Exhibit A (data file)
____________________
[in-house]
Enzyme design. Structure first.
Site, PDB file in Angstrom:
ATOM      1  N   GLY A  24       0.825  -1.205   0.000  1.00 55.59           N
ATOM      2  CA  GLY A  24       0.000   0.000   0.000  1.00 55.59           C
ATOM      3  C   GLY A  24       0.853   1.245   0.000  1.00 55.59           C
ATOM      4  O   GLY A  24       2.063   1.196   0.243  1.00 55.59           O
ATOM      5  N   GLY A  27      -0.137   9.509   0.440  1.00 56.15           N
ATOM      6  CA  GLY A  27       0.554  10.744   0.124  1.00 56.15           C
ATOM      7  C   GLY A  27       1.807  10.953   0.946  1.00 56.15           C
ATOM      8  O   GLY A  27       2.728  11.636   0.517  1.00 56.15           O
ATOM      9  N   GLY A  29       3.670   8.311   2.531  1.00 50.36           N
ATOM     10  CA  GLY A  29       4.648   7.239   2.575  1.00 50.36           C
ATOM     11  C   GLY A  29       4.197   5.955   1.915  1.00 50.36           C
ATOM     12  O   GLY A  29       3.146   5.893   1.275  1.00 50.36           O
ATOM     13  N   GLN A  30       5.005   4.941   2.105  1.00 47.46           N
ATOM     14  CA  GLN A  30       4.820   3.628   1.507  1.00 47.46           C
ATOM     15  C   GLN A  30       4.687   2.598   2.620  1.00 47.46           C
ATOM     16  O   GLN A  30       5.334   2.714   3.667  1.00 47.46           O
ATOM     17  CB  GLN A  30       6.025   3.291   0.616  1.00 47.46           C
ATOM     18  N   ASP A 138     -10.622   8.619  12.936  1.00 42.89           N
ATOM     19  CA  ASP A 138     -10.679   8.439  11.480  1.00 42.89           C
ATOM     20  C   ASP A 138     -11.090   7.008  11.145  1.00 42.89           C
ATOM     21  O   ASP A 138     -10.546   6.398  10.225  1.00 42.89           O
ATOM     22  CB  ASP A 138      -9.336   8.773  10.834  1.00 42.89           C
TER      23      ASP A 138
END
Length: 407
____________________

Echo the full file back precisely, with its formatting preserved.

[in-house]
Enzyme design. Structure first.
Site, PDB file in Angstrom:
ATOM      1  N   GLY A  24       0.825  -1.205   0.000  1.00 55.59           N
ATOM      2  CA  GLY A  24       0.000   0.000   0.000  1.00 55.59           C
ATOM      3  C   GLY A  24       0.853   1.245   0.000  1.00 55.59           C
ATOM      4  O   GLY A  24       2.063   1.196   0.243  1.00 55.59           O
ATOM      5  N   GLY A  27      -0.137   9.509   0.440  1.00 56.15           N
ATOM      6  CA  GLY A  27       0.554  10.744   0.124  1.00 56.15           C
ATOM      7  C   GLY A  27       1.807  10.953   0.946  1.00 56.15           C
ATOM      8  O   GLY A  27       2.728  11.636   0.517  1.00 56.15           O
ATOM      9  N   GLY A  29       3.670   8.311   2.531  1.00 50.36           N
ATOM     10  CA  GLY A  29       4.648   7.239   2.575  1.00 50.36           C
ATOM     11  C   GLY A  29       4.197   5.955   1.915  1.00 50.36           C
ATOM     12  O   GLY A  29       3.146   5.893   1.275  1.00 50.36           O
ATOM     13  N   GLN A  30       5.005   4.941   2.105  1.00 47.46           N
ATOM     14  CA  GLN A  30       4.820   3.628   1.507  1.00 47.46           C
ATOM     15  C   GLN A  30       4.687   2.598   2.620  1.00 47.46           C
ATOM     16  O   GLN A  30       5.334   2.714   3.667  1.00 47.46           O
ATOM     17  CB  GLN A  30       6.025   3.291   0.616  1.00 47.46           C
ATOM     18  N   ASP A 138     -10.622   8.619  12.936  1.00 42.89           N
ATOM     19  CA  ASP A 138     -10.679   8.439  11.480  1.00 42.89           C
ATOM     20  C   ASP A 138     -11.090   7.008  11.145  1.00 42.89           C
ATOM     21  O   ASP A 138     -10.546   6.398  10.225  1.00 42.89           O
ATOM     22  CB  ASP A 138      -9.336   8.773  10.834  1.00 42.89           C
TER      23      ASP A 138
END
Length: 407